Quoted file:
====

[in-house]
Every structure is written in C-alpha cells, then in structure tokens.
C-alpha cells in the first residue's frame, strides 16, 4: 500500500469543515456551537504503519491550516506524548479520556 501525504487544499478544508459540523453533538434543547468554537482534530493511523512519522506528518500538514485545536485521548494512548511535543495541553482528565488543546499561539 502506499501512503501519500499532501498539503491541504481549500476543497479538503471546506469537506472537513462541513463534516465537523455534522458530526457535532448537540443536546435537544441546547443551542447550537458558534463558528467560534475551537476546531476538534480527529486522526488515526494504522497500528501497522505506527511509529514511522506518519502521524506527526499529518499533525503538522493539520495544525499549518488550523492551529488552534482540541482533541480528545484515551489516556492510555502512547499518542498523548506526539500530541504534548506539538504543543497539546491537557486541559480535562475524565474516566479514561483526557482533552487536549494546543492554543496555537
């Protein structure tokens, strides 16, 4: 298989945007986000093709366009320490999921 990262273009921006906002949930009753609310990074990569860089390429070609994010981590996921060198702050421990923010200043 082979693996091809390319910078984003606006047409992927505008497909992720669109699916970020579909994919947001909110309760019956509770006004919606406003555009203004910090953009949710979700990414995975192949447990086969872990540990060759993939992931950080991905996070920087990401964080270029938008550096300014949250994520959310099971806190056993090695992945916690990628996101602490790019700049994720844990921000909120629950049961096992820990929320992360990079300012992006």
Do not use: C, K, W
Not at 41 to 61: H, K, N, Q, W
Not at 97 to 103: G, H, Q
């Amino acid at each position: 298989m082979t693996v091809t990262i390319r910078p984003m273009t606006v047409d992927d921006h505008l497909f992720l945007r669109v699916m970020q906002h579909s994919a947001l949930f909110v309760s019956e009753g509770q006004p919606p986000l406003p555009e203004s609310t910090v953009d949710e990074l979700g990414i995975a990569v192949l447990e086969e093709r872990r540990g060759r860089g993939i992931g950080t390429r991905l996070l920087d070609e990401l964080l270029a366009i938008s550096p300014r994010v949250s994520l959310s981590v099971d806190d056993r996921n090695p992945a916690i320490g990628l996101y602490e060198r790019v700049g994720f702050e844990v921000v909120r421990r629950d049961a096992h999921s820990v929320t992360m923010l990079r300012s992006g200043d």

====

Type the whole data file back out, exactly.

[in-house]
Every structure is written in C-alpha cells, then in structure tokens.
C-alpha cells in the first residue's frame, strides 16, 4: 500500500469543515456551537504503519491550516506524548479520556 501525504487544499478544508459540523453533538434543547468554537482534530493511523512519522506528518500538514485545536485521548494512548511535543495541553482528565488543546499561539 502506499501512503501519500499532501498539503491541504481549500476543497479538503471546506469537506472537513462541513463534516465537523455534522458530526457535532448537540443536546435537544441546547443551542447550537458558534463558528467560534475551537476546531476538534480527529486522526488515526494504522497500528501497522505506527511509529514511522506518519502521524506527526499529518499533525503538522493539520495544525499549518488550523492551529488552534482540541482533541480528545484515551489516556492510555502512547499518542498523548506526539500530541504534548506539538504543543497539546491537557486541559480535562475524565474516566479514561483526557482533552487536549494546543492554543496555537
């Protein structure tokens, strides 16, 4: 298989945007986000093709366009320490999921 990262273009921006906002949930009753609310990074990569860089390429070609994010981590996921060198702050421990923010200043 082979693996091809390319910078984003606006047409992927505008497909992720669109699916970020579909994919947001909110309760019956509770006004919606406003555009203004910090953009949710979700990414995975192949447990086969872990540990060759993939992931950080991905996070920087990401964080270029938008550096300014949250994520959310099971806190056993090695992945916690990628996101602490790019700049994720844990921000909120629950049961096992820990929320992360990079300012992006």
Do not use: C, K, W
Not at 41 to 61: H, K, N, Q, W
Not at 97 to 103: G, H, Q
């Amino acid at each position: 298989m082979t693996v091809t990262i390319r910078p984003m273009t606006v047409d992927d921006h505008l497909f992720l945007r669109v699916m970020q906002h579909s994919a947001l949930f909110v309760s019956e009753g509770q006004p919606p986000l406003p555009e203004s609310t910090v953009d949710e990074l979700g990414i995975a990569v192949l447990e086969e093709r872990r540990g060759r860089g993939i992931g950080t390429r991905l996070l920087d070609e990401l964080l270029a366009i938008s550096p300014r994010v949250s994520l959310s981590v099971d806190d056993r996921n090695p992945a916690i320490g990628l996101y602490e060198r790019v700049g994720f702050e844990v921000v909120r421990r629950d049961a096992h999921s820990v929320t992360m923010l990079r300012s992006g200043d």